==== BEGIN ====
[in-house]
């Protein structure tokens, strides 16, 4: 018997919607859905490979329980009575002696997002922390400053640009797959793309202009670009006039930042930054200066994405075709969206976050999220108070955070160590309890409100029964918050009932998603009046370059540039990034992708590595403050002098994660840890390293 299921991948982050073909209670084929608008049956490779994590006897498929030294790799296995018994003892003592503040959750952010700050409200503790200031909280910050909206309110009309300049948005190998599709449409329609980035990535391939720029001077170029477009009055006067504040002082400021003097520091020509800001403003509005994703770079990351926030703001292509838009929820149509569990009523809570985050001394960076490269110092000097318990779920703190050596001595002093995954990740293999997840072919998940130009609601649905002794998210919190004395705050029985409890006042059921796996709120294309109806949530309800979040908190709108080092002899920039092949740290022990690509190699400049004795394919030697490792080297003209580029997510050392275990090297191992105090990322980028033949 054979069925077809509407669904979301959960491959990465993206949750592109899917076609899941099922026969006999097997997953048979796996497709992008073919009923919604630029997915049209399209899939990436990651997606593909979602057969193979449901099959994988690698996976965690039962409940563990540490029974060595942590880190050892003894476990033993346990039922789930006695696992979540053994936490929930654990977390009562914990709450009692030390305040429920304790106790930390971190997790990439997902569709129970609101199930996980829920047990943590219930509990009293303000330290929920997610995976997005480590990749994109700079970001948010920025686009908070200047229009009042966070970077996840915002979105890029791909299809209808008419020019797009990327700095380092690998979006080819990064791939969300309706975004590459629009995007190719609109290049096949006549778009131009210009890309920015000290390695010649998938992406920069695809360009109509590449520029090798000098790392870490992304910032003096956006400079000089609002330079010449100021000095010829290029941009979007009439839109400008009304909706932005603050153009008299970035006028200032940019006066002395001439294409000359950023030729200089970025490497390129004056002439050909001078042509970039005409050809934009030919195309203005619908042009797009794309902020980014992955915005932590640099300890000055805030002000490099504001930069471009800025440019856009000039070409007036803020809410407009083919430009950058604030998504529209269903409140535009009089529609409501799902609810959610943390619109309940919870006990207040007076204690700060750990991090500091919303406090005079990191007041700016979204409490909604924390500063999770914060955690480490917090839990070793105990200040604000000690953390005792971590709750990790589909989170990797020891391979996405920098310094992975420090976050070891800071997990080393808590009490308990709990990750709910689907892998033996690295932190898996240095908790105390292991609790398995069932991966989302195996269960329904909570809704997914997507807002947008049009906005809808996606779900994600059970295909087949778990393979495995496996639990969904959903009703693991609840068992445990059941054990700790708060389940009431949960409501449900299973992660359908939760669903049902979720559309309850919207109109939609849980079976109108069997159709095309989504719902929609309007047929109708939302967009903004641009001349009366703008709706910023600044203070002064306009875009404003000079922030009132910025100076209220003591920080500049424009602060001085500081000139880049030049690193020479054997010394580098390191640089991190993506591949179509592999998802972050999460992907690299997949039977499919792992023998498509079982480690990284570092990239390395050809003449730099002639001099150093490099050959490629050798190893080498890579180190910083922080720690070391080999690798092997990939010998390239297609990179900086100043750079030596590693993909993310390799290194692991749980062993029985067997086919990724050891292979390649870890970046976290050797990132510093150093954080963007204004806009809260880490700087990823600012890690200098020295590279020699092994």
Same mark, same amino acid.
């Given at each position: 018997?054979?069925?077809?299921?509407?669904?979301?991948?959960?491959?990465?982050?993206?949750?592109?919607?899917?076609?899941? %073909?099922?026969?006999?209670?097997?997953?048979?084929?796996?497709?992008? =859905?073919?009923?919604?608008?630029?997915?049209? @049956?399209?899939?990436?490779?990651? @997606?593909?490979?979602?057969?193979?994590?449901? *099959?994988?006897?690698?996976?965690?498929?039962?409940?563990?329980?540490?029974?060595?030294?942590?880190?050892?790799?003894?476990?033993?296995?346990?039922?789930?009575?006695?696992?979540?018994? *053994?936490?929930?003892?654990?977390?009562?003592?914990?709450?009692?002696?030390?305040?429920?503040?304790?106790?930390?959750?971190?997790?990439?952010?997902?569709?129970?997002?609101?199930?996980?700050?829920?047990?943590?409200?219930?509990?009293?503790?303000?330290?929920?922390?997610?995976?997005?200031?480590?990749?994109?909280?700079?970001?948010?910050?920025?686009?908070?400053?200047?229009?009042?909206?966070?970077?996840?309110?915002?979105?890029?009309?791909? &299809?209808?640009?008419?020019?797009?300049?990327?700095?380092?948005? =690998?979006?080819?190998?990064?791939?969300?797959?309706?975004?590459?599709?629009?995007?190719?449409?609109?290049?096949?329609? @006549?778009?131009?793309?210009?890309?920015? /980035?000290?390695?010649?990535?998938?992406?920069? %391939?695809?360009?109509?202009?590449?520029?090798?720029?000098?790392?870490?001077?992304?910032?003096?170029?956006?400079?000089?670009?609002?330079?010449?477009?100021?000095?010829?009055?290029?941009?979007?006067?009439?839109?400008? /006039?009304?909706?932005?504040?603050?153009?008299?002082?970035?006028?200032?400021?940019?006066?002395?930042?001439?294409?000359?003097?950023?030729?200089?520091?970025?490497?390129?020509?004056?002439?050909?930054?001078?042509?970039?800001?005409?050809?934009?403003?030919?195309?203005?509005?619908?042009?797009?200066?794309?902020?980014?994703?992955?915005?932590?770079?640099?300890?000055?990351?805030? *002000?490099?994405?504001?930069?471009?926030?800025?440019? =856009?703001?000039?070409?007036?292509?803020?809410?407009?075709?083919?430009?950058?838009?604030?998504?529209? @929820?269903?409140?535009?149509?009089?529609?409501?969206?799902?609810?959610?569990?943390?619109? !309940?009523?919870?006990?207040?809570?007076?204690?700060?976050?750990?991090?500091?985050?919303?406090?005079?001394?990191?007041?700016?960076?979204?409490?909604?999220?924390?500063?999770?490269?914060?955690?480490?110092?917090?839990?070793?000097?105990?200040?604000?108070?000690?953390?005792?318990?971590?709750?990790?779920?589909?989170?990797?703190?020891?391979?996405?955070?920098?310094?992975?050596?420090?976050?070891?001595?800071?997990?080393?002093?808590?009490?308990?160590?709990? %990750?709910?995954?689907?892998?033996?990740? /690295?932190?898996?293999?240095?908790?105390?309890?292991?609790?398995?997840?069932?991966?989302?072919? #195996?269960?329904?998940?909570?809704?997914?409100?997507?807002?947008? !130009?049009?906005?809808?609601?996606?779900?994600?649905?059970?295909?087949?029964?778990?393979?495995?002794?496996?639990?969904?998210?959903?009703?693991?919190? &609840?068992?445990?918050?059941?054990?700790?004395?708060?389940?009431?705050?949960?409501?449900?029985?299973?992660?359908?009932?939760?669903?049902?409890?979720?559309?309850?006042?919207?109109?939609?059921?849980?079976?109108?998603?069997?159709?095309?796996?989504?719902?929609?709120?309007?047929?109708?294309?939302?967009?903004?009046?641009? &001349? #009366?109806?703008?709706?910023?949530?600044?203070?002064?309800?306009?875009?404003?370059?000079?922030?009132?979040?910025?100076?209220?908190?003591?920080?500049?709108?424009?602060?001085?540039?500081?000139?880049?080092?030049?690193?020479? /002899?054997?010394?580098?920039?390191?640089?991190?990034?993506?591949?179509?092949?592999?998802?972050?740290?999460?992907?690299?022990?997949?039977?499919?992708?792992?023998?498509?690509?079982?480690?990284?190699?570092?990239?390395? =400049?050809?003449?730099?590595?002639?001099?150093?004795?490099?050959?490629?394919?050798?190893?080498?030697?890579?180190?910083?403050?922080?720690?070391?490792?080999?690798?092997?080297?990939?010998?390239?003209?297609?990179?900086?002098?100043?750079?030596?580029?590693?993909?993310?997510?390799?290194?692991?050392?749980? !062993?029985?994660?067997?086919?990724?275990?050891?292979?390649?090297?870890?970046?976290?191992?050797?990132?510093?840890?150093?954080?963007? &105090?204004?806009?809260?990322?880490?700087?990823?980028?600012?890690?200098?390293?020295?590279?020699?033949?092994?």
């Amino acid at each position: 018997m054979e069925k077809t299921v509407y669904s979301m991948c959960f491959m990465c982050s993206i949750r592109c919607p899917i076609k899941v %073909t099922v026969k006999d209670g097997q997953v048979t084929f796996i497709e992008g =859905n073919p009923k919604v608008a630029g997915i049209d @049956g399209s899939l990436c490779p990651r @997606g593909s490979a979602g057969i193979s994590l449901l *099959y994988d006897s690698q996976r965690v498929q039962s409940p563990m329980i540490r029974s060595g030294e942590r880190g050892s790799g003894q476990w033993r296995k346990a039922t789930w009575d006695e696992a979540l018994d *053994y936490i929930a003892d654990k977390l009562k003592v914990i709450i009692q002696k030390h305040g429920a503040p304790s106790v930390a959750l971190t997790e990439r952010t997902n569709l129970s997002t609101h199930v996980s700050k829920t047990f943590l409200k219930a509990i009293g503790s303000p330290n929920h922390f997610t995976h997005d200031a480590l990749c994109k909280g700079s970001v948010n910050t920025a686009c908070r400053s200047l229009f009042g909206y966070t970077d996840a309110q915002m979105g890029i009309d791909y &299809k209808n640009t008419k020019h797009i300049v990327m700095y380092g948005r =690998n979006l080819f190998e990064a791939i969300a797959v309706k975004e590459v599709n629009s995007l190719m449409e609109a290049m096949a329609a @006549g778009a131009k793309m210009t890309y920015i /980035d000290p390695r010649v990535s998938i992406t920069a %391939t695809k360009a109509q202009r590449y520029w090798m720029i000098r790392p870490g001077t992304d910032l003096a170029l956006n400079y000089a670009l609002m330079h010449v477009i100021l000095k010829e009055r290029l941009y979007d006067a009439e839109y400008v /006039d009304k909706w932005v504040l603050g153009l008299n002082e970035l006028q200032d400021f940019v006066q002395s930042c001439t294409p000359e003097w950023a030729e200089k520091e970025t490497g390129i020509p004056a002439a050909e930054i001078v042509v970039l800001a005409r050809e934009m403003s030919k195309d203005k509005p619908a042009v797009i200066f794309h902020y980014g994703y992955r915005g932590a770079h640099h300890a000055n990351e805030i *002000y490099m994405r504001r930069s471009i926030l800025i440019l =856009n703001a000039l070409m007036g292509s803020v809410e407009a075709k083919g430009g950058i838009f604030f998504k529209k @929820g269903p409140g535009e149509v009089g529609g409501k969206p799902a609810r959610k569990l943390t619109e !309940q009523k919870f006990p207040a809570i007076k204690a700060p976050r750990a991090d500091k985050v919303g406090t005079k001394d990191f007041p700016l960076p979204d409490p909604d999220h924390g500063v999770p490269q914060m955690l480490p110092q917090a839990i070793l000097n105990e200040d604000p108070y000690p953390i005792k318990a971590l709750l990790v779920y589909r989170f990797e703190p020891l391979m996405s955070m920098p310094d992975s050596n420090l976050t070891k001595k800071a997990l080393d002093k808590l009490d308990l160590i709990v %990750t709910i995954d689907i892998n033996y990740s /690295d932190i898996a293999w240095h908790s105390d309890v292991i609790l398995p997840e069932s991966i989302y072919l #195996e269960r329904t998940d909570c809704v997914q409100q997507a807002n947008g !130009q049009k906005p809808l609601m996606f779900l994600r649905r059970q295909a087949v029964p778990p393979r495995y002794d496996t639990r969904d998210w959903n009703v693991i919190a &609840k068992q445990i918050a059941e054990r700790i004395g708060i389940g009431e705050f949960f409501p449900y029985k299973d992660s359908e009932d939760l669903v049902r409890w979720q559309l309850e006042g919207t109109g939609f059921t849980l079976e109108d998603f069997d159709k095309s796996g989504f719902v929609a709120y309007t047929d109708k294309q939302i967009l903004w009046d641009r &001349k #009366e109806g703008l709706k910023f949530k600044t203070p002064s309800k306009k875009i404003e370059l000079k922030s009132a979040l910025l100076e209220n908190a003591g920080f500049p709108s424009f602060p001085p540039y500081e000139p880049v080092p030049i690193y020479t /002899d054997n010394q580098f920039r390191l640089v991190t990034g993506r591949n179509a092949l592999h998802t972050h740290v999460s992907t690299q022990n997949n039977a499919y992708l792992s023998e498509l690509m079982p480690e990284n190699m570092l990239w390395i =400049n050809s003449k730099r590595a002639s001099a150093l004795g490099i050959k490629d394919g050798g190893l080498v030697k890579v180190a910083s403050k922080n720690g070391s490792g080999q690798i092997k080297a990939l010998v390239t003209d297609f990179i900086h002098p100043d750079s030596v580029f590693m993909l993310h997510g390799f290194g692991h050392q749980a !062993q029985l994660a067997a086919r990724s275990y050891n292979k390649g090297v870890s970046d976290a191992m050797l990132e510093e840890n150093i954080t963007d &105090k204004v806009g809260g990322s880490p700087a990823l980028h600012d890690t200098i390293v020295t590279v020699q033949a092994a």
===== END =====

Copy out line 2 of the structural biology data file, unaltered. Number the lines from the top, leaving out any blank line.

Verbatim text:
């Protein structure tokens, strides 16, 4: 018997919607859905490979329980009575002696997002922390400053640009797959793309202009670009006039930042930054200066994405075709969206976050999220108070955070160590309890409100029964918050009932998603009046370059540039990034992708590595403050002098994660840890390293 299921991948982050073909209670084929608008049956490779994590006897498929030294790799296995018994003892003592503040959750952010700050409200503790200031909280910050909206309110009309300049948005190998599709449409329609980035990535391939720029001077170029477009009055006067504040002082400021003097520091020509800001403003509005994703770079990351926030703001292509838009929820149509569990009523809570985050001394960076490269110092000097318990779920703190050596001595002093995954990740293999997840072919998940130009609601649905002794998210919190004395705050029985409890006042059921796996709120294309109806949530309800979040908190709108080092002899920039092949740290022990690509190699400049004795394919030697490792080297003209580029997510050392275990090297191992105090990322980028033949 054979069925077809509407669904979301959960491959990465993206949750592109899917076609899941099922026969006999097997997953048979796996497709992008073919009923919604630029997915049209399209899939990436990651997606593909979602057969193979449901099959994988690698996976965690039962409940563990540490029974060595942590880190050892003894476990033993346990039922789930006695696992979540053994936490929930654990977390009562914990709450009692030390305040429920304790106790930390971190997790990439997902569709129970609101199930996980829920047990943590219930509990009293303000330290929920997610995976997005480590990749994109700079970001948010920025686009908070200047229009009042966070970077996840915002979105890029791909299809209808008419020019797009990327700095380092690998979006080819990064791939969300309706975004590459629009995007190719609109290049096949006549778009131009210009890309920015000290390695010649998938992406920069695809360009109509590449520029090798000098790392870490992304910032003096956006400079000089609002330079010449100021000095010829290029941009979007009439839109400008009304909706932005603050153009008299970035006028200032940019006066002395001439294409000359950023030729200089970025490497390129004056002439050909001078042509970039005409050809934009030919195309203005619908042009797009794309902020980014992955915005932590640099300890000055805030002000490099504001930069471009800025440019856009000039070409007036803020809410407009083919430009950058604030998504529209269903409140535009009089529609409501799902609810959610943390619109309940919870006990207040007076204690700060750990991090500091919303406090005079990191007041700016979204409490909604924390500063999770914060955690480490917090839990070793105990200040604000000690953390005792971590709750990790589909989170990797020891391979996405920098310094992975420090976050070891800071997990080393808590009490308990709990990750709910689907892998033996690295932190898996240095908790105390292991609790398995069932991966989302195996269960329904909570809704997914997507807002947008049009906005809808996606779900994600059970295909087949778990393979495995496996639990969904959903009703693991609840068992445990059941054990700790708060389940009431949960409501449900299973992660359908939760669903049902979720559309309850919207109109939609849980079976109108069997159709095309989504719902929609309007047929109708939302967009903004641009001349009366703008709706910023600044203070002064306009875009404003000079922030009132910025100076209220003591920080500049424009602060001085500081000139880049030049690193020479054997010394580098390191640089991190993506591949179509592999998802972050999460992907690299997949039977499919792992023998498509079982480690990284570092990239390395050809003449730099002639001099150093490099050959490629050798190893080498890579180190910083922080720690070391080999690798092997990939010998390239297609990179900086100043750079030596590693993909993310390799290194692991749980062993029985067997086919990724050891292979390649870890970046976290050797990132510093150093954080963007204004806009809260880490700087990823600012890690200098020295590279020699092994």